Caitlin Doornbos, New York Post, December 6, 2022
The House passed a bill Tuesday that would make it easier for illegal immigrant US veterans and their families to stay in the country — as Republicans derided the measure as another Biden administration step toward enabling open borders.
The Veteran Service Recognition Act, passed with a 219-208 vote, would require the Department of Homeland Security to establish protocols for identifying noncitizen veterans, require immigration adjudicators to consider their service records in deportation proceedings and allow veterans to stay in the US until they conclude.
Rep. Michelle Fischbach (R-Minn.) accused Democrats of using the “flowery” title to “mask the bills’ true meaning,” alleging they would open “a path for criminals” to stay in the country.
“It leads the public to believe we are looking at a bill that would recognize the service of our veterans,” Fischbach said. “But once again, you take a closer look, it becomes painfully clear that this is another push for open borders.”
The act would require DHS to establish a nine-member advisory committee to “provide recommendations to the Secretary of Homeland Security on the exercise of discretion in any case” involving deportation proceedings for active US troops, veterans and their families.
Additionally, it would order the Departments of Defense, State and Homeland Security to conduct a study to identify the number of noncitizen veterans the US deported since 1990.
The bill would also allow the DHS secretary to reverse previous deportation decisions for noncitizen veterans, offering them lawful permanent resident status unless found inadmissible due to an aggravated felony conviction or five driving-while-intoxicated convictions in the past 25 years, according to the bill.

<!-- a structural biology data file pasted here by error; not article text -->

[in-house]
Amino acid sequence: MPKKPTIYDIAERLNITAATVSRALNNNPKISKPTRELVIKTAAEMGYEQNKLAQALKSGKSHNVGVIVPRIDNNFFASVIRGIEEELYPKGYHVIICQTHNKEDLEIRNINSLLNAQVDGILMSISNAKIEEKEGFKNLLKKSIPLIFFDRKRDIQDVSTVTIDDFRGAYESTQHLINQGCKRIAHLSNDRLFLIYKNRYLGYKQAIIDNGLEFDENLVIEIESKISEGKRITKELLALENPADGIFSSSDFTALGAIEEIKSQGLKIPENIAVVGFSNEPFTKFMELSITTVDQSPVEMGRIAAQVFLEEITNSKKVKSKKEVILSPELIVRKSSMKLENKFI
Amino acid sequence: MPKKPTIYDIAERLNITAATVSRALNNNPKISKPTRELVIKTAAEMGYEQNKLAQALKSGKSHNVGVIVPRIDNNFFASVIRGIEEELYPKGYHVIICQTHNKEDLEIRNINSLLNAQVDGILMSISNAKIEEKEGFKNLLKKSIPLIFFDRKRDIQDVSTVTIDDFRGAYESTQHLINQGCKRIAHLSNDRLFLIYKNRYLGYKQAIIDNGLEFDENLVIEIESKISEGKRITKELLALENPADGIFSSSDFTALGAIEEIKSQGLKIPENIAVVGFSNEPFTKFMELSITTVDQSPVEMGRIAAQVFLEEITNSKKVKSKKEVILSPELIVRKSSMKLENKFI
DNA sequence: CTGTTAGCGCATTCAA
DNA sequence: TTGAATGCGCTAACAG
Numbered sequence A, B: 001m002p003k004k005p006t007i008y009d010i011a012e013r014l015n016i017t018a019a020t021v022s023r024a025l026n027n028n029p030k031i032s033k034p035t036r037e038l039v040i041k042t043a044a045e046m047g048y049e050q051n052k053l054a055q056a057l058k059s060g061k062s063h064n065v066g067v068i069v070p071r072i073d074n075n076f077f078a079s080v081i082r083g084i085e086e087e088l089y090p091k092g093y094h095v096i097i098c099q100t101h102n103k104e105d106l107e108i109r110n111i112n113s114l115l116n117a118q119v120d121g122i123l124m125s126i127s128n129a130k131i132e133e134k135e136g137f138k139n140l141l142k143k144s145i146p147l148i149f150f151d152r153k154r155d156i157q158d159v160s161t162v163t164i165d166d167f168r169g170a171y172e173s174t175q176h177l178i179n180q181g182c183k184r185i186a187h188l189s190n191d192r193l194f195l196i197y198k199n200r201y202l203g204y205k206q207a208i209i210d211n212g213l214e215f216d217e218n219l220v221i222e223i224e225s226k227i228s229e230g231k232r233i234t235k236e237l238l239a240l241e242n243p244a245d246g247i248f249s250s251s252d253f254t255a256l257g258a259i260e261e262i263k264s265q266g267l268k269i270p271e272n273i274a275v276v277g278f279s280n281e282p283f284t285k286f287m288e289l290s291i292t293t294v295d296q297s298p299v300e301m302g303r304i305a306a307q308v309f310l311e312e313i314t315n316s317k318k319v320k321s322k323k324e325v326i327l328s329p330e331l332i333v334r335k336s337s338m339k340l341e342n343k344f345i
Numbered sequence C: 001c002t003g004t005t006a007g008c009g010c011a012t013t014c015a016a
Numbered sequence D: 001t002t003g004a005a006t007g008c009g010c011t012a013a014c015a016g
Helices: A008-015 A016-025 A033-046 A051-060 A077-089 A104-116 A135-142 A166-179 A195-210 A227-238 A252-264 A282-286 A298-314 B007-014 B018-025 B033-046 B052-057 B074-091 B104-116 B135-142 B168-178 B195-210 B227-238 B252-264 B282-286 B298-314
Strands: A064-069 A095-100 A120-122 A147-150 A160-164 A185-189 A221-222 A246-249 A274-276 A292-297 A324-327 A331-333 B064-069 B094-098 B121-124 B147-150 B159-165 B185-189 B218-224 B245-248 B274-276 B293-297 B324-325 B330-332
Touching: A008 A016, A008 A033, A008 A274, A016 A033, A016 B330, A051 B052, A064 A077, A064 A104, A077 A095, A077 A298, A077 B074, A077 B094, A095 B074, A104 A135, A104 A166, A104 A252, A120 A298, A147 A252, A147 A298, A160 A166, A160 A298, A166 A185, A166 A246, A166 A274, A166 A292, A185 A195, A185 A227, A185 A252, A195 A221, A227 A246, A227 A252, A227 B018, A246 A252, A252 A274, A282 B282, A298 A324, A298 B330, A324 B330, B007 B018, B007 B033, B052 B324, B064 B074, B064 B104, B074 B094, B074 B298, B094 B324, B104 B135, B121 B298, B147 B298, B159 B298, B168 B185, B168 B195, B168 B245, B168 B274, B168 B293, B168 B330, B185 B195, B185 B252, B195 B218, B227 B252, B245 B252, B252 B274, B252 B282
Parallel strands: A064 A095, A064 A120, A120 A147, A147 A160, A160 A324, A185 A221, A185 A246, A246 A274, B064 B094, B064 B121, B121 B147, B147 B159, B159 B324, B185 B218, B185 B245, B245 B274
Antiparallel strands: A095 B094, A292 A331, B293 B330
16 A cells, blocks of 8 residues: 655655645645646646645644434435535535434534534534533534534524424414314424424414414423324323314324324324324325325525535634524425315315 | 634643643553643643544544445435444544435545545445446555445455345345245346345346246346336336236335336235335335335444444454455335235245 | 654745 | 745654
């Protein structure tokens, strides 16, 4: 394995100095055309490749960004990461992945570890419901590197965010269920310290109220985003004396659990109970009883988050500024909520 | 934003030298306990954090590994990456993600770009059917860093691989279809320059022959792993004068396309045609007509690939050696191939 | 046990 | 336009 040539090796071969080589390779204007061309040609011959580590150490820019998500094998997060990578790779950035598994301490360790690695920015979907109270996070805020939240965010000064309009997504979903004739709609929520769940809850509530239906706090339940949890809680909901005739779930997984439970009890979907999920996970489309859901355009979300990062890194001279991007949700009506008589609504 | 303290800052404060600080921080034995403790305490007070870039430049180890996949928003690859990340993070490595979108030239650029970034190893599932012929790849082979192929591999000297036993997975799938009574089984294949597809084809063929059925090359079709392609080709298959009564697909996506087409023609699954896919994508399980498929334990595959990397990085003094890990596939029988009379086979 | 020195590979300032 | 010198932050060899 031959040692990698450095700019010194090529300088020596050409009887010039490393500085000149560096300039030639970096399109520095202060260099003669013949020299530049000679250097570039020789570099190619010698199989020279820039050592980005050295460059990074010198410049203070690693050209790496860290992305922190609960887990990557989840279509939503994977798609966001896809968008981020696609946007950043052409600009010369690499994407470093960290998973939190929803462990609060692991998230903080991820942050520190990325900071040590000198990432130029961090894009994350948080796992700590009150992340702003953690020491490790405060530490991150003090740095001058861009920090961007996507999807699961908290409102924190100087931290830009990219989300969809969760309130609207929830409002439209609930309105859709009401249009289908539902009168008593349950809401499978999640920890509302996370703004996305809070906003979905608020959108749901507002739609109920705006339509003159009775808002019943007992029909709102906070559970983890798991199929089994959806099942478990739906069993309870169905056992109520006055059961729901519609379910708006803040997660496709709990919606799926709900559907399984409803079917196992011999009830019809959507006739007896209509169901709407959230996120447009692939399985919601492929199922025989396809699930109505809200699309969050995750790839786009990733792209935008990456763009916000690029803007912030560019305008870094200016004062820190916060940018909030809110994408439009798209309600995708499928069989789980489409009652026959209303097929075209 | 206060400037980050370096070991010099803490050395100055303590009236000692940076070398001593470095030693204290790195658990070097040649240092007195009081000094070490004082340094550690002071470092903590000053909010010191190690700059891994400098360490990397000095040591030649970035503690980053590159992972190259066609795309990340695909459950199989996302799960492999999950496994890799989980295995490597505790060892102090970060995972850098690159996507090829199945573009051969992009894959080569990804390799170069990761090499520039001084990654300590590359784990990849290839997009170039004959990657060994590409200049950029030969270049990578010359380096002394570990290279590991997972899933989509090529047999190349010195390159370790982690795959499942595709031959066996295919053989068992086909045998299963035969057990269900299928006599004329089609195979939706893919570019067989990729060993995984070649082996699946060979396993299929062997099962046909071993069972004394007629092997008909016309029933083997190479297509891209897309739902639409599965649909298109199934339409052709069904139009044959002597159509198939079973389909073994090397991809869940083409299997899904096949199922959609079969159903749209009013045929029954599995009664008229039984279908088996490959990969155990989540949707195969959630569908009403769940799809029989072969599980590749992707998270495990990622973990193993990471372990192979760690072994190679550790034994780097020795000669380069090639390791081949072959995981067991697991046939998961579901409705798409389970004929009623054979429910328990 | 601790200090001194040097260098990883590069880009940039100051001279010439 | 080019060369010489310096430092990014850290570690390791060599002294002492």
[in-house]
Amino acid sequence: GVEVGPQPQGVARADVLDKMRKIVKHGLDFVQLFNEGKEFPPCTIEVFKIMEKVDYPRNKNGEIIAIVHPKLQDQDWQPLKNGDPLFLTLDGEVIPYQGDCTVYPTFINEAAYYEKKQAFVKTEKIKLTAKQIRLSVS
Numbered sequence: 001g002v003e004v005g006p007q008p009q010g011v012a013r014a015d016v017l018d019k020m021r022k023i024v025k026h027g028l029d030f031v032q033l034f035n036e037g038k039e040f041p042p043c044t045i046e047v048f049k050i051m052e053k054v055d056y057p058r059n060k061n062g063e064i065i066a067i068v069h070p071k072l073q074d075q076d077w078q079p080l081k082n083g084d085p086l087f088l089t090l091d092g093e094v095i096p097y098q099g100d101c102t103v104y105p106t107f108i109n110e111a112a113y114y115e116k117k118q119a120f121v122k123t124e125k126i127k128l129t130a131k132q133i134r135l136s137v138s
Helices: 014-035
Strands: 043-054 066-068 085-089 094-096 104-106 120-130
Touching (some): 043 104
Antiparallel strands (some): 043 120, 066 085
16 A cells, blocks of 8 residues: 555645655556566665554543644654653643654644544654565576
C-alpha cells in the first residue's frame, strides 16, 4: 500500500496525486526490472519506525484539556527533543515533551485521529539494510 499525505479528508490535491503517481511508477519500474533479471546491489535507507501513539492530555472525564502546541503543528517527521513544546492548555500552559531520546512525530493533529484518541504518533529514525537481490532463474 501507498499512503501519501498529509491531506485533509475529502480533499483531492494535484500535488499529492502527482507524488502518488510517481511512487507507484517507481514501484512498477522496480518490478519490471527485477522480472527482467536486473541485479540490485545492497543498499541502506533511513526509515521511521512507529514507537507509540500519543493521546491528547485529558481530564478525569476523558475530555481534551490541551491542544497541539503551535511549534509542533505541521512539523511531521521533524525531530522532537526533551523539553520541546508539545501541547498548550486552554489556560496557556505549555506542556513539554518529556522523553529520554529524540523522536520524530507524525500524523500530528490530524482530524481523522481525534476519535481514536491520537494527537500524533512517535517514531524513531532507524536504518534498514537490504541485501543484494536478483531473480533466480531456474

But Fischbach said it should include more criminal convictions as disqualifications and criticized Democrats for shooting down GOP amendments proposed in earlier committee meetings that she said would have barred those convicted of crimes including “illicit trafficking, trafficking and firearms [and] human trafficking.”
Rep. Darrell Issa (R-Calif.), an Army veteran, said the bill should block those discharged for bad conduct from receiving citizenship benefits.
The bill would also change the country’s citizenship through military service program to allow immigrant troops to apply for citizenship at any point after their first day of military service. Current law requires noncitizen troops to wait one year before applying for citizenship.
USCIS has naturalized more than 158,000 troops over the past two decades, including 10,600 in fiscal year 2022 alone, according to DHS.
Fischbach argued the legislation “is just one more example of the Democrats exploiting a sympathetic population to push their open border policies,” adding that “they should be ashamed.”